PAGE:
“A lot of people are really interested in relocating here,” said Rachel Neill, CEO of Carex Consulting Group, a Madison company founded in 2016 to help tech employees find jobs.
Over the past couple of years, there has been a shift in attitudes about relocating to Madison, said Neill, who moved here eight years ago.
“Now, a lot of candidates are really intrigued by some of the health tech companies here and they’re eager to move to Madison. It’s not such a hard sell,” she said, in an interview later.
Her own business added 17 employees this year for a total of 20, and Neill said she expects her staff, in new offices at 316 W. Washington Ave., to more than double in 2018.
Jeff Naughton, head of Google’s Madison office, said it has been a year of “a lot of growth” for Google operations here, including some people hired from Seattle and San Francisco.
Interest in computer science at the UW has “just gone crazy,” said Naughton, UW emeritus professor of computer science.
“I definitely see Madison is transforming and becoming much more of a tech place,” he said. “A lot of Madison people don’t know that Madison is like this.”
“It feels like an exciting moment in time for Madison,” said Maurice Cheeks, vice president of business development for MIOsoft, a data quality company, and a Madison alderman.
Epic Systems Corp., the Verona electronic health records company with about 10,000 employees, should get a lot of the credit for the area’s growing reputation, the tech executives said.
“There are a number of superstar people who work at Epic,” said serial entrepreneur Mark Gehring, co-founder of companies that include Propeller Health and HealthMyne.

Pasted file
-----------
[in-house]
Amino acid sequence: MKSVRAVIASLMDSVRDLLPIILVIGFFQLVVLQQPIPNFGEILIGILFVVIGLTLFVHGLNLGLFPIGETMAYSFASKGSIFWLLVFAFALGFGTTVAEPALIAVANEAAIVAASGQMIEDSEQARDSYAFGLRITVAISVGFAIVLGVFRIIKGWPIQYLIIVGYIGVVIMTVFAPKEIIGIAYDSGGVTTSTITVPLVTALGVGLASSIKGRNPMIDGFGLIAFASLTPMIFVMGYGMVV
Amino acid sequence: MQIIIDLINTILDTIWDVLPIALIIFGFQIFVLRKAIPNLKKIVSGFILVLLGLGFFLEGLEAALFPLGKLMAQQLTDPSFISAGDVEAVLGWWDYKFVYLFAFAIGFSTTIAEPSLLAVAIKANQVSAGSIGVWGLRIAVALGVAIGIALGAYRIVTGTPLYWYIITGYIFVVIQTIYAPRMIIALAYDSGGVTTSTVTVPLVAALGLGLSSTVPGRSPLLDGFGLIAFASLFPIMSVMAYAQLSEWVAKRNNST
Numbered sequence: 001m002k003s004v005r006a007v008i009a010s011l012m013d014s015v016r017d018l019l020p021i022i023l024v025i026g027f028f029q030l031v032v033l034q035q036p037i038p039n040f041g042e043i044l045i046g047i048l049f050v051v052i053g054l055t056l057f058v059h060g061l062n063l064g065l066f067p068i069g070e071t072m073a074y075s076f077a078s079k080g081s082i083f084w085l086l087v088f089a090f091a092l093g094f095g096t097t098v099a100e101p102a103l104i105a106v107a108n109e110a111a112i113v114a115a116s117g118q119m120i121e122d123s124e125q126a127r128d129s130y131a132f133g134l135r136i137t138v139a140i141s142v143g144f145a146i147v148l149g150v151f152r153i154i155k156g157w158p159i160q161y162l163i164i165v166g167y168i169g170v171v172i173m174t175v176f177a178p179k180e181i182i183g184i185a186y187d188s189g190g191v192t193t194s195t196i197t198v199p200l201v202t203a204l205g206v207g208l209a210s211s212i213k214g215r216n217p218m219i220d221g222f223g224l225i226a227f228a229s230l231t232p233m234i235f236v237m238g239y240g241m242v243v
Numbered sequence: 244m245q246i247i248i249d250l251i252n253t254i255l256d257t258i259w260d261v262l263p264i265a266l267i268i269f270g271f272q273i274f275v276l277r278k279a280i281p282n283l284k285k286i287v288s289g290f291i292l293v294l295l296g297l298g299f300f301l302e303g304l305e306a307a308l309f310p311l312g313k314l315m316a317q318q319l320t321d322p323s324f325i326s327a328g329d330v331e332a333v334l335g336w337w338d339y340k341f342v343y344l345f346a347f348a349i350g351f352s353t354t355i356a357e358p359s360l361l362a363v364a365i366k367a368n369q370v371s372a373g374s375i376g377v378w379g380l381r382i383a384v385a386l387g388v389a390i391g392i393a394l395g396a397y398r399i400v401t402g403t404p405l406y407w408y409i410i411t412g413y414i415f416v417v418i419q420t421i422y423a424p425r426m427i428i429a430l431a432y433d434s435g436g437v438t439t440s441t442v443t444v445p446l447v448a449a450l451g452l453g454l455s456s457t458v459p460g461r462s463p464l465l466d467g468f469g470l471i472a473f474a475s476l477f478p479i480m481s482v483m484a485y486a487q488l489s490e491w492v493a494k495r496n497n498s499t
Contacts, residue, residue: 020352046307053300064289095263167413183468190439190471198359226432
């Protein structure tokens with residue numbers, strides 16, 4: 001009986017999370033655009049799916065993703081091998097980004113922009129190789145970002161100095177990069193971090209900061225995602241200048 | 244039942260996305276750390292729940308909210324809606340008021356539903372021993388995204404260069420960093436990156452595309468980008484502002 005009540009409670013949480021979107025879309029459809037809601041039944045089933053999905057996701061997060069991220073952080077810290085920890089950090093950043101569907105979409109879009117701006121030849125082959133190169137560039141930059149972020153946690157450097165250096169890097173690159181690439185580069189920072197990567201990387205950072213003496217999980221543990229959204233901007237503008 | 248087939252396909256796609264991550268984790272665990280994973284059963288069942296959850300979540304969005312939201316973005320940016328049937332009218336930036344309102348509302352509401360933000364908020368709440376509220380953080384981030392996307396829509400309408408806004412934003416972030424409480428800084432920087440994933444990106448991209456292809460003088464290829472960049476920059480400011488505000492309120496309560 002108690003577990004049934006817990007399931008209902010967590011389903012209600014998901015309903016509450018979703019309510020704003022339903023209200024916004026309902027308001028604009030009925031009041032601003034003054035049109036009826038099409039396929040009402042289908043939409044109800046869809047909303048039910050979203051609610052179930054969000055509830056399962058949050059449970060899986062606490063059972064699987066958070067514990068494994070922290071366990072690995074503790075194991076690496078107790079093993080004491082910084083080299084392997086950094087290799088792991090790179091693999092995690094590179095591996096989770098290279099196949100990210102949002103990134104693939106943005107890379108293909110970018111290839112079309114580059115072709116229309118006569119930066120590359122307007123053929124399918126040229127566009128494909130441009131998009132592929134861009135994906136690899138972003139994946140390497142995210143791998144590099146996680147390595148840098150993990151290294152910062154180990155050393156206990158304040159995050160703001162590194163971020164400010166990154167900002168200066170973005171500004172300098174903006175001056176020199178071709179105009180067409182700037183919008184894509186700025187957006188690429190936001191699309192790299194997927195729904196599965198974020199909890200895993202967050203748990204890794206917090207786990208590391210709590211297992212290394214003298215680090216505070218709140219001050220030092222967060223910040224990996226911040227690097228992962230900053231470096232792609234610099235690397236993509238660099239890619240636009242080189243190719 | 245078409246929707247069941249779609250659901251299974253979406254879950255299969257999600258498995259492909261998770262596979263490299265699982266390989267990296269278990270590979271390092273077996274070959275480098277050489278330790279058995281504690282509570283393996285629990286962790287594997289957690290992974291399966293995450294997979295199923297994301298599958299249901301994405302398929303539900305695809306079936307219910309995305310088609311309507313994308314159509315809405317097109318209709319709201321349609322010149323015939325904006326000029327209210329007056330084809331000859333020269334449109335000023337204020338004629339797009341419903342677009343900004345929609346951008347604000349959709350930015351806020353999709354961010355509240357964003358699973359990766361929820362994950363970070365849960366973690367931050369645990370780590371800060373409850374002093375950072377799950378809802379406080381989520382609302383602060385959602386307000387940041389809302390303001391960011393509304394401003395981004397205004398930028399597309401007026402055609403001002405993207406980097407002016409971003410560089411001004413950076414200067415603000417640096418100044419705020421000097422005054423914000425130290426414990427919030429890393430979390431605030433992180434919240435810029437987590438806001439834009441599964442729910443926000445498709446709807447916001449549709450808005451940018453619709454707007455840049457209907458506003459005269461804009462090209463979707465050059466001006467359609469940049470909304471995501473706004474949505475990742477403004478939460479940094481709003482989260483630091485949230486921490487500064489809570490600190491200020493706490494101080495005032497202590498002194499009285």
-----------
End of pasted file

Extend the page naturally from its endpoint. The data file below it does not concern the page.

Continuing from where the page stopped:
And when they leave Epic, more of them are staying in the area now, Neill said.
One reason could be salary. Neill said she is placing tech workers in jobs that pay between $80,000 and $150,000 a year in companies ranging from health-tech to insurance, for positions such as project managers and software developers.
Improvement still sought
At the same time, though, there are still some serious challenges facing the area’s tech community.
Diversity is one of them, Cheeks said.
“As much as this is a place where people are excited to come, for African Americans and Latinos, it is harder to decide to come and to decide to stay,” Cheeks said.
“There are still too few people of color in senior positions in our tech community, and I know that the limited cultural activities combined with statistical realities for our youth make retainment a significant challenge for employers,” he said.
“Handfuls” of his friends have moved on, to cities such as Denver and New York, where it’s “easier to get established and feel more included,” Cheeks said.
Strengthening connections between Madison and Milwaukee might bring a more diverse population to the Madison area and create more opportunity here, Neill said. She said the Milwaukee School of Engineering, for example, produces good software engineers.
“I would love to see a high-speed rail, but even a regular train would do,” she said.
“We have some great health-tech talent that I’m sure they could use. There are folks in Milwaukee who could benefit by access to jobs and exposure to our health-tech sector. If we had more talent swapping, I think the community would both thrive and flourish,” Neill said.
Gehring said more local investment funds are available in the Madison area than there were several years ago, but to keep the money flowing, more exits are needed — meaning, more companies will have to be acquired or stage initial public stock offerings so investors can get a return on their funds and pump their gains into new businesses.
Basically, though, keeping the UW-Madison strong is a key element in producing new generations of tech-savvy students and in playing a role in developing new technology, Naughton said.
“The UW is absolutely essential for what’s happening here,” he said.